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In my thesis, I'm using "thus" and "therefore" a lot. This is repetitive and it sounds stuffy. Is there any alternative which sounds a bit more relaxed but is acceptable in scientific writing? "So" would be too colloquial, I suppose.

Example for "thus:"

Later in life, neural responses to sensory input become highly differentiated, as do overt reactions. Thus, it can be assumed that neurons adapt their responses mediated by experience...

The neural responses used by the SC to localize stimuli are stochastic. Thus, the SC’s task can be described as a statistical inference problem: ...

(Sorry, I didn't find any examples for "therefore" which would make sense outside of the thesis.)

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    "As a consequence" (or consequentially, though that strays back into stuffy territory again), "in turn", "in light of this", "given that", etc. in other words: use phrases of more than one word, doing so gives you opportunities for both variety and flexibility. – Dan Bron Feb 26 '15 at 11:57
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    'Is there any alternative which sounds a bit more relaxed but is acceptable in scientific writing?' is possibly asking for the impossible. I'd say Dan's suggestions are hardly 'more relaxed'. There are style guides dedicated to scientific writing. If your institution has one, see if it mentions register (it almost certainly will). Otherwise, check in the style guides that are available from other institutions. This is really 'primarily opinion based', and not a suitable question for ELU (though obviously an important issue). – Edwin Ashworth Feb 26 '15 at 12:03
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    My advice: don't worry about using 'thus' and go ahead and use 'thusly' as well for extra points! – EleventhDoctor Feb 26 '15 at 14:37
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    Every reader will have a different opinion about what makes prose stuffy. In my view, too-frequent recourse to thus and therefore is undesirable mainly because it comes across as unduly concerned with emphasizing the continuity and logical seamlessness of the text. But as a tool promoting stuffiness, such overuse has nothing on continual recourse to "it can be assumed that," ""X can be described as," etc. Occasionally replacing phrases of the type "Thus it can be assumed that neurons" with "Clearly neurons" "Evidently neurons," "Presumably neurons," etc., can be like opening a window. – Sven Yargs Feb 26 '15 at 18:35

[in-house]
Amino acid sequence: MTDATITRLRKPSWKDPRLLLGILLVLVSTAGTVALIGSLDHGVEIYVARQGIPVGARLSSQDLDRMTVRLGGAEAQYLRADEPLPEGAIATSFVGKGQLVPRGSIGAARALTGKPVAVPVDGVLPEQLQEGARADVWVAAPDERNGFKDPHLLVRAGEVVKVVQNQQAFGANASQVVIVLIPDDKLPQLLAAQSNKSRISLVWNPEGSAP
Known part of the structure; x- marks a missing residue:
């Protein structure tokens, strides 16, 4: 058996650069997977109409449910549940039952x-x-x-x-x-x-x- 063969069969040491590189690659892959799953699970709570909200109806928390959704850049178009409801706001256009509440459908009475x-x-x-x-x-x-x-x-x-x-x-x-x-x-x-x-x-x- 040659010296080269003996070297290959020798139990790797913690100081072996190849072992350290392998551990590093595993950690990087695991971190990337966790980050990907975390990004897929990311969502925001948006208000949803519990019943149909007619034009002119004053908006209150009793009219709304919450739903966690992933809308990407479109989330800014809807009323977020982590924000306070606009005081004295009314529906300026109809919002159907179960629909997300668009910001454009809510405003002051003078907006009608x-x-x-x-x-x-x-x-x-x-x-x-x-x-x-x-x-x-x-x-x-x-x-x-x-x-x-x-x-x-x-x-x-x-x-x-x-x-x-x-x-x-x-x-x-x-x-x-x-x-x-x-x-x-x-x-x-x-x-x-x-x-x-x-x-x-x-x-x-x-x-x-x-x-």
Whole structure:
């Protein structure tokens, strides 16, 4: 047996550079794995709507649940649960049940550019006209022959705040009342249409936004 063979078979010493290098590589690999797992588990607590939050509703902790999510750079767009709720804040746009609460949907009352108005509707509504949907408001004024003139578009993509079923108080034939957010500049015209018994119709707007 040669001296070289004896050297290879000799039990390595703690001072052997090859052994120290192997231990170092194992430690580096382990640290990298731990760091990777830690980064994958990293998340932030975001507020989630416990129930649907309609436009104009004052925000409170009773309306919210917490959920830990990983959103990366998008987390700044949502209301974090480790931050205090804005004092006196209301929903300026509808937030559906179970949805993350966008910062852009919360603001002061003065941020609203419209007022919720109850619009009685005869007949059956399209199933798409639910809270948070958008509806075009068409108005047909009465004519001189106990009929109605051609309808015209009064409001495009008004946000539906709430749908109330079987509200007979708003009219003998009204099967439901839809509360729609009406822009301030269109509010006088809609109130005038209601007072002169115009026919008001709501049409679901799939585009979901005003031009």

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    In technical writing, being precise far outweighs seeming stuffy. – GEdgar Feb 26 '15 at 22:54
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In addition to the methods presented in RegDwigнt's answer — using synonyms and simply removing the words — two other techniques for avoiding such repetition come to mind.

Replacing "thus" or "therefore" in the conclusion with "since" or "because" in the clause presenting the evidence is perhaps the most straightforward. This technique works better with shorter statements of evidence.

Since neural responses to sensory input, as well as overt reactions, become highly differentiated later in life, it can be assumed that neurons adapt their responses mediated by experience...

Because the neural responses used by the SC to localize stimuli are stochastic, the SC’s task can be described as a statistical inference problem: ...

The second technique would be to use a verb that includes the logical inference such as "indicate", "imply", "show", "demonstrate", or even "allows". Using a participle avoids the need for an explicit subject, but "this" or "such evidence" are adequate subjects. (In fact, "such evidence" might be preferred when the evidence is extensive.)

Neural responses to sensory input become highly differentiated later in life, as do overt reactions, indicating that neurons adapt their responses mediated by experience...

The neural responses used by the SC to localize stimuli are stochastic. This allows the SC’s task to be described as a statistical inference problem: ...

This can include reversing the order of evidence and conclusion.

That neurons adapt their responses mediated by experience can be concluded from the fact that neural responses to sensory input, as well as overt reactions, become highly differentiated later in life.

The SC's task can be treated as a statistical inference problem by recognizing the stochastic nature of the neural responses used by the SC to localize stimuli: ...

(The latter rephrasing is clearly problematic since the colon indicates that a stronger binding to "statistical inference problem" is desired. However, it provides the useful example of "recognize" replacing "show", changing the subject from the evidence to the observer allows further variety in verbs.)